The US Senate Armed Services Committee voted Tuesday to keep the chairman and vice chairman of the Joint Chiefs of Staff in their posts for another two-year term.
While there had been a lot of fuss and a demand that Army Gen. Martin Dempsey provide Congress with his personal views about US military options in Syria if he wanted to remain JCS chairman — the military’s highest ranking uniformed officer and an adviser to the president — the committee ended up handling his nomination, and that of Navy Adm. James Winnefeld to remain as JCS vice chairman, as a routine matter.
The panel approved Dempsey and Winnefeld on separate voice votes. The committee then passed nominations for civilian jobs in the Defense Department and 2,256 other military nominations on a separate voice vote. The other nominations include re-appointing Navy Adm. Cecil Haney as commander of the US Strategic Command and promoting Army Lt. Gen. Curtis Scaparrotti to four-star and assigning him to be the Commander of the United National Command and Combined Force Command Korea.
The civilian nominations approved by the committee include Stephen Preston to the Defense Department general counsel, Jon Rymer to be Defense Department inspector general, Susan Rabern to be the assistant Navy secretary for financial management and Dennis McGinn to be assistant Navy secretary for energy, installations and the environment.
A full Senate vote could come this week. Congress is expected to start a five-week summer recess as early as Friday morning. If there are no objections and no holds, a vote on Dempsey and Winnefeld could come Thursday night. That would be just in time for Winnefeld, whose two-year appointment expires on Aug. 3 Dempsey current terms will expire Sept. 30.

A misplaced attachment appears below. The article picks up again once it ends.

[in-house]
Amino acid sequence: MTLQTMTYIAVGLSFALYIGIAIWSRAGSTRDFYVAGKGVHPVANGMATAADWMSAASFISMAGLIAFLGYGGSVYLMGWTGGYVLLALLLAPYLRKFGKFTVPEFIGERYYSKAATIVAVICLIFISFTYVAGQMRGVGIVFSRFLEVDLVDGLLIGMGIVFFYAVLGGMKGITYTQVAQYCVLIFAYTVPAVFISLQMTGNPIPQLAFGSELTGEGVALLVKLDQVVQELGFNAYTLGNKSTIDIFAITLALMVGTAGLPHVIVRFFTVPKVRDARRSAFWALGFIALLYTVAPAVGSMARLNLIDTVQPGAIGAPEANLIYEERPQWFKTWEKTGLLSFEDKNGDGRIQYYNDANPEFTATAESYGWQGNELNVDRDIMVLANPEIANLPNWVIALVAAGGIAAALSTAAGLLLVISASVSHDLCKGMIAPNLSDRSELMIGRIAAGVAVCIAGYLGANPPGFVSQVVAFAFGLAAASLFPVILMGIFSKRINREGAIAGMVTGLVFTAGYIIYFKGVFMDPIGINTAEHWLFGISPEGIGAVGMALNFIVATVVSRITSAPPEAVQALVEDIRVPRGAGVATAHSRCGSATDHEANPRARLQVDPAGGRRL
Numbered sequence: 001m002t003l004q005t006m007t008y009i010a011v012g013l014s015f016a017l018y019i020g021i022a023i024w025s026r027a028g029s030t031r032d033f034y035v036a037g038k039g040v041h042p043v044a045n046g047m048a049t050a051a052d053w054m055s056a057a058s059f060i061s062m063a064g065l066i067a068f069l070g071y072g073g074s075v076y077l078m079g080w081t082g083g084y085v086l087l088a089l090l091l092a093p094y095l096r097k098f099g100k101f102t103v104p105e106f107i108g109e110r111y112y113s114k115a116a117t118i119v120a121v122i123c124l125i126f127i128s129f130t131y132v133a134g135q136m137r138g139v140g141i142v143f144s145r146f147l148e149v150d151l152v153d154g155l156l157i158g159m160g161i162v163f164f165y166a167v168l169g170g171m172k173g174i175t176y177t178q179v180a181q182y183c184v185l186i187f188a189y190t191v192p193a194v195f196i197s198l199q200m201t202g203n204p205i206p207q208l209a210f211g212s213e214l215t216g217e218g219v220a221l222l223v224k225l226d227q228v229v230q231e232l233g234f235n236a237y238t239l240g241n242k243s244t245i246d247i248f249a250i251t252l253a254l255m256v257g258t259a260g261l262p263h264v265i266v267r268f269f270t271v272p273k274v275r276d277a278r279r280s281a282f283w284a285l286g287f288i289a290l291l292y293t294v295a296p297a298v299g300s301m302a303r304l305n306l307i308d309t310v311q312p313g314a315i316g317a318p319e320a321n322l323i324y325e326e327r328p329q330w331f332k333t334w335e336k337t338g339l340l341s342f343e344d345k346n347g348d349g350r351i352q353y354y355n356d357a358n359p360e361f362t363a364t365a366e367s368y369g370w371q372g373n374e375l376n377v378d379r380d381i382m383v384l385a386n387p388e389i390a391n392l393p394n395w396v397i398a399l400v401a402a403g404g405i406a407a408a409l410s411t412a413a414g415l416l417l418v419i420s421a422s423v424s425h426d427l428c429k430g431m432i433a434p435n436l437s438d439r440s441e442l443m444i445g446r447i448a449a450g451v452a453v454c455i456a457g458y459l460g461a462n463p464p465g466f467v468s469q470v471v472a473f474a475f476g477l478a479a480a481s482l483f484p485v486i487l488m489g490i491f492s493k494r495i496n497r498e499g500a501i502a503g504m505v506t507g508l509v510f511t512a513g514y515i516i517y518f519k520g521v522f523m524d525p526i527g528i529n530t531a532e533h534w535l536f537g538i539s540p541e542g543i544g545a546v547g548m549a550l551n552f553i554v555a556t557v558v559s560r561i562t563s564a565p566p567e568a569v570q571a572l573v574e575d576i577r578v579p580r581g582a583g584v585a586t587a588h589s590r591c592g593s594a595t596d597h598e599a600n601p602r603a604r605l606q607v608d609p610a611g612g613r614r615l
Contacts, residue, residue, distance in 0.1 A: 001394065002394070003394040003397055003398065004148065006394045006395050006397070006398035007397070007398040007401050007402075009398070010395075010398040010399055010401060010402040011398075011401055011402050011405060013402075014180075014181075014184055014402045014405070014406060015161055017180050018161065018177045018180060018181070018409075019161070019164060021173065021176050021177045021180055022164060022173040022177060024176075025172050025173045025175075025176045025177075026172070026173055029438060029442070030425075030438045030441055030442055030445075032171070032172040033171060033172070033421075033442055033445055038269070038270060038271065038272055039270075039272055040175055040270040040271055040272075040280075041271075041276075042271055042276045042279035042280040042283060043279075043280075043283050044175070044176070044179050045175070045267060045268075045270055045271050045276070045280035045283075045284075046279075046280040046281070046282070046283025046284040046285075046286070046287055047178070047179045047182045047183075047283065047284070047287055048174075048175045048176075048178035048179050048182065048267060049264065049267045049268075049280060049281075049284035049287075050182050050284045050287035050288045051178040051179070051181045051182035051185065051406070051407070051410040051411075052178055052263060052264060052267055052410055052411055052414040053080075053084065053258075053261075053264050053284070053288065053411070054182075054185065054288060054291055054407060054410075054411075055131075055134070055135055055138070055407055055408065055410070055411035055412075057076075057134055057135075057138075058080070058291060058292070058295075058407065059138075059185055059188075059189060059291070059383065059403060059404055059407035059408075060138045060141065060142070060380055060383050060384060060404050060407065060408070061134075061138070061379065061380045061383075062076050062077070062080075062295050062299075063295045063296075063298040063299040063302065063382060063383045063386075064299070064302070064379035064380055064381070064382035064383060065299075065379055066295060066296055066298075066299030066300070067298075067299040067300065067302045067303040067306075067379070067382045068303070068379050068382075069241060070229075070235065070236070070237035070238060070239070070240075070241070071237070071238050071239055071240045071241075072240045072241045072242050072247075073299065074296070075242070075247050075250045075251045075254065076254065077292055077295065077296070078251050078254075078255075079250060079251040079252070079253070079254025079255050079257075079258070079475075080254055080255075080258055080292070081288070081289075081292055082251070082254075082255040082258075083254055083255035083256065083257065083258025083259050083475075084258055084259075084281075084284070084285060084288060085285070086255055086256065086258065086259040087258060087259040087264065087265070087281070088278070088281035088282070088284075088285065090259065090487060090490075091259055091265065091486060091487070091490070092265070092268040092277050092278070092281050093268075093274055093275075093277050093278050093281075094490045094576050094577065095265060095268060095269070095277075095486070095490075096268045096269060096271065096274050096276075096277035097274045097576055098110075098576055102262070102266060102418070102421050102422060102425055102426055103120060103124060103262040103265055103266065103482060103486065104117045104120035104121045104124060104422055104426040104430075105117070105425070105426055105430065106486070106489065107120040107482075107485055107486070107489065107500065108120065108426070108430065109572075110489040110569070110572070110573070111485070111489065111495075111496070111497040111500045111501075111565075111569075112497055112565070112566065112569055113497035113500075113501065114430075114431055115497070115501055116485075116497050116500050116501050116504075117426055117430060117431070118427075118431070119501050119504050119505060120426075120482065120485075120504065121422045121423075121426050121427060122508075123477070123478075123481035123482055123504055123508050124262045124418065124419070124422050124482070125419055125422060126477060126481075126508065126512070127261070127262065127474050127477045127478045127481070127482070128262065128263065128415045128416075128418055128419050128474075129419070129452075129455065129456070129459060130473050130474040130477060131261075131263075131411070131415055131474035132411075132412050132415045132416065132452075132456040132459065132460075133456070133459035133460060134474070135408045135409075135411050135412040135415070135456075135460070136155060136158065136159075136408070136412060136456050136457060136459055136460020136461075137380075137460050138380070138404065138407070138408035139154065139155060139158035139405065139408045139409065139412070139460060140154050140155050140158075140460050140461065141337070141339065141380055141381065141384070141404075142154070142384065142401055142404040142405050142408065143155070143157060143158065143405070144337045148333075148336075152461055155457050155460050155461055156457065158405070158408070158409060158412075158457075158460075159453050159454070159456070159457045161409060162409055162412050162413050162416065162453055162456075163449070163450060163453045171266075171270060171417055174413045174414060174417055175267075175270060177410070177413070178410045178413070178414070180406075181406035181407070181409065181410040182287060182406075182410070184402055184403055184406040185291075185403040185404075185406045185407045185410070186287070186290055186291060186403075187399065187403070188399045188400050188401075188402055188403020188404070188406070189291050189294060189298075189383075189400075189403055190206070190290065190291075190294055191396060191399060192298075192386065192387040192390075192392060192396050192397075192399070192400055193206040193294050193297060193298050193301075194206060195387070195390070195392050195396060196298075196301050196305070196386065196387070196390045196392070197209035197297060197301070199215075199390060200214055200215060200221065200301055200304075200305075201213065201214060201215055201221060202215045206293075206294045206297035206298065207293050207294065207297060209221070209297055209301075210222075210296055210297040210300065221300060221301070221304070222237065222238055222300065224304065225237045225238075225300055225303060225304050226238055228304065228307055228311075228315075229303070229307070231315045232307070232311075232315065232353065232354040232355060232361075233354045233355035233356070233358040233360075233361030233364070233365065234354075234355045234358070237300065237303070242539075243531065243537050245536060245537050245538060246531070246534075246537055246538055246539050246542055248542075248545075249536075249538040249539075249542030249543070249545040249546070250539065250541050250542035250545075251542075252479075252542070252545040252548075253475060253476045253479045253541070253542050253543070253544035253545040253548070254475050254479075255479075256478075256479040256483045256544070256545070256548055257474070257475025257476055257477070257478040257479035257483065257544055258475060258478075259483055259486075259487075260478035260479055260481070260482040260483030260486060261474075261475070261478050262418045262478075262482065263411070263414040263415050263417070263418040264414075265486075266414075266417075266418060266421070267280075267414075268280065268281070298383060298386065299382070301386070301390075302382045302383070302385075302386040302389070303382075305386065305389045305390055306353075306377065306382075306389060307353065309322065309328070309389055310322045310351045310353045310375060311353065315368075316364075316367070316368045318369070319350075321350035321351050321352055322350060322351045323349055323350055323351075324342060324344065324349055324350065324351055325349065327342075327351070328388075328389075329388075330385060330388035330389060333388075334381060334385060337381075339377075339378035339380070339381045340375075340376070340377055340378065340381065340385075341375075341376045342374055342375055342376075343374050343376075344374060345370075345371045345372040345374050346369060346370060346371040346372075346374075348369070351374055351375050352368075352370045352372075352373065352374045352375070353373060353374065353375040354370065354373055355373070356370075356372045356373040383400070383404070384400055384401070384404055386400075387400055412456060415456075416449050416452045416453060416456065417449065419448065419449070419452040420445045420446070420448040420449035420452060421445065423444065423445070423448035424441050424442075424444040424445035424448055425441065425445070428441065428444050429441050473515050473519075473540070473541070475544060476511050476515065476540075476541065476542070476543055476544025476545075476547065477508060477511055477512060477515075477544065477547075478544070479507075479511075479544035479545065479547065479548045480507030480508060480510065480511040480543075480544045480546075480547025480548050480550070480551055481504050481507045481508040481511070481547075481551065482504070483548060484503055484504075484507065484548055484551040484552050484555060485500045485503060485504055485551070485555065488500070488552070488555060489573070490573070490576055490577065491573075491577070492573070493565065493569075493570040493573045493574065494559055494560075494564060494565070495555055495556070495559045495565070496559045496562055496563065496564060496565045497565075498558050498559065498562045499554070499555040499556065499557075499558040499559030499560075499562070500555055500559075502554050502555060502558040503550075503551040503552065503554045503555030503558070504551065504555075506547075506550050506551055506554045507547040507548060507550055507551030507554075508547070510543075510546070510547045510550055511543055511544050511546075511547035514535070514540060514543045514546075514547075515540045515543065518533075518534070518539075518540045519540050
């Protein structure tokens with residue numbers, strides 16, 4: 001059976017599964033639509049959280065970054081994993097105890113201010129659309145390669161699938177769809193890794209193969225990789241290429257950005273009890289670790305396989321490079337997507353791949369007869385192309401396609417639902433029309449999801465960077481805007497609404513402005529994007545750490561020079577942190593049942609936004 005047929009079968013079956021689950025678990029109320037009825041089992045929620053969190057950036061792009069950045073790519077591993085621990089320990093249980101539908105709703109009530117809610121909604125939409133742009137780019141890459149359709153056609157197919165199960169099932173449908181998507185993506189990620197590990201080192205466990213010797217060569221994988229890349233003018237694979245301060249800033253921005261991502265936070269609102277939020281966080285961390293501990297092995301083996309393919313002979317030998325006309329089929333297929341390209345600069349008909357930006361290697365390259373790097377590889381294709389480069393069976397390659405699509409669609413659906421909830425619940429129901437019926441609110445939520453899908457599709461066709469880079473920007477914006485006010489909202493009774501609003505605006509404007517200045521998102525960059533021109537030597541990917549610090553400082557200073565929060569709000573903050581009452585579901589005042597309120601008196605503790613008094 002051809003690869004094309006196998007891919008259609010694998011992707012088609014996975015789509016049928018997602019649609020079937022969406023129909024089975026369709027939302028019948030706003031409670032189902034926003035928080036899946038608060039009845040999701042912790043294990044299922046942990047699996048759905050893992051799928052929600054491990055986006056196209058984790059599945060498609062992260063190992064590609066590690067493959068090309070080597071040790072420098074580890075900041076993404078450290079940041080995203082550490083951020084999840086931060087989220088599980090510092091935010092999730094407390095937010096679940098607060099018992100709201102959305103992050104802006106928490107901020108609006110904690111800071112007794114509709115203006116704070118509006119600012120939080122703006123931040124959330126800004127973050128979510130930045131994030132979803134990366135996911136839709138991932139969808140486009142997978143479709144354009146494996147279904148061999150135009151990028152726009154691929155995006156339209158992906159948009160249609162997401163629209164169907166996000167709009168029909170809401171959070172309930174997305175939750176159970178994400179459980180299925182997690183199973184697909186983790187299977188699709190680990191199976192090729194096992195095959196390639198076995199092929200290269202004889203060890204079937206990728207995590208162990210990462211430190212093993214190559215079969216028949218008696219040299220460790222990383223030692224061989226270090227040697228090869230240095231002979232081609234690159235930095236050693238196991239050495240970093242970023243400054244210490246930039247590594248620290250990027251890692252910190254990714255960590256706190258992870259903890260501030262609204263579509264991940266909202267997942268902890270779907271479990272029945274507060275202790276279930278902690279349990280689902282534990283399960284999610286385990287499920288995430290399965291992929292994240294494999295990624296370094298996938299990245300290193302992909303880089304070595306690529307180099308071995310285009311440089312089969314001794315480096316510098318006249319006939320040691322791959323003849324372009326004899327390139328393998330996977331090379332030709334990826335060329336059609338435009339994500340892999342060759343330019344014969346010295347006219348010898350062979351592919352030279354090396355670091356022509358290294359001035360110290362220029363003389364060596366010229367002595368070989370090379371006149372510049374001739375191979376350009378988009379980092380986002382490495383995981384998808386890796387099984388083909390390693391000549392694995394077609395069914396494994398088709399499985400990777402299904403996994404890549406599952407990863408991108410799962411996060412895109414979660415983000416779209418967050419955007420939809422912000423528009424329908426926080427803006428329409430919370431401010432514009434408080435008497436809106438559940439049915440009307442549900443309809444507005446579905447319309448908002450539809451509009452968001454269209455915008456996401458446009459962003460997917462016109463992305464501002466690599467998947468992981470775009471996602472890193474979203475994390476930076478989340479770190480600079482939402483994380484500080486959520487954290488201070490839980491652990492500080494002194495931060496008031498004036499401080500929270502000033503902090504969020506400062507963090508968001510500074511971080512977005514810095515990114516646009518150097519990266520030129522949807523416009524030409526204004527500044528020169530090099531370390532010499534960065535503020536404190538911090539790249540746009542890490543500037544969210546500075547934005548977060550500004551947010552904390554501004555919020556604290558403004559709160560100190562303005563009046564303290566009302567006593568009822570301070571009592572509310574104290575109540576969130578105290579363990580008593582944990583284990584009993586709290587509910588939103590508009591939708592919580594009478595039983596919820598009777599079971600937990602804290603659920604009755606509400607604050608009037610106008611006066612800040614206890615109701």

Dempsey ran afoul of some armed services committee members at his July 18 confirmation hearing when he appeared to be ducking questions seeking his personal views about the use of military force in Syria. To get a vote, Dempsey was asked to provide in writing his opinion about the U.S. options.
His reply July 22 was candid and gloomy, saying it was his duty to not just say how force could be used, but “whether it should.”
He warned that just establishing a no-fly zone would have a $500 million start-up cost, with additional expenses of $1 billion a month. There would be a risk of having a U.S. aircraft shot down, requiring U.S. forces to be sent on a recovery mission. And, the no-fly zone might not even work, he said.
It could “fail to reduce the violence or shift the momentum because the regime relies overwhelmingly on surface fires: mortars, artillery and missiles,” he said.
Dempsey warned about starting something that could be hard to stop.
“Once we take action, we should be prepared for what comes next,” he said. “Deeper involvement is hard to avoid.”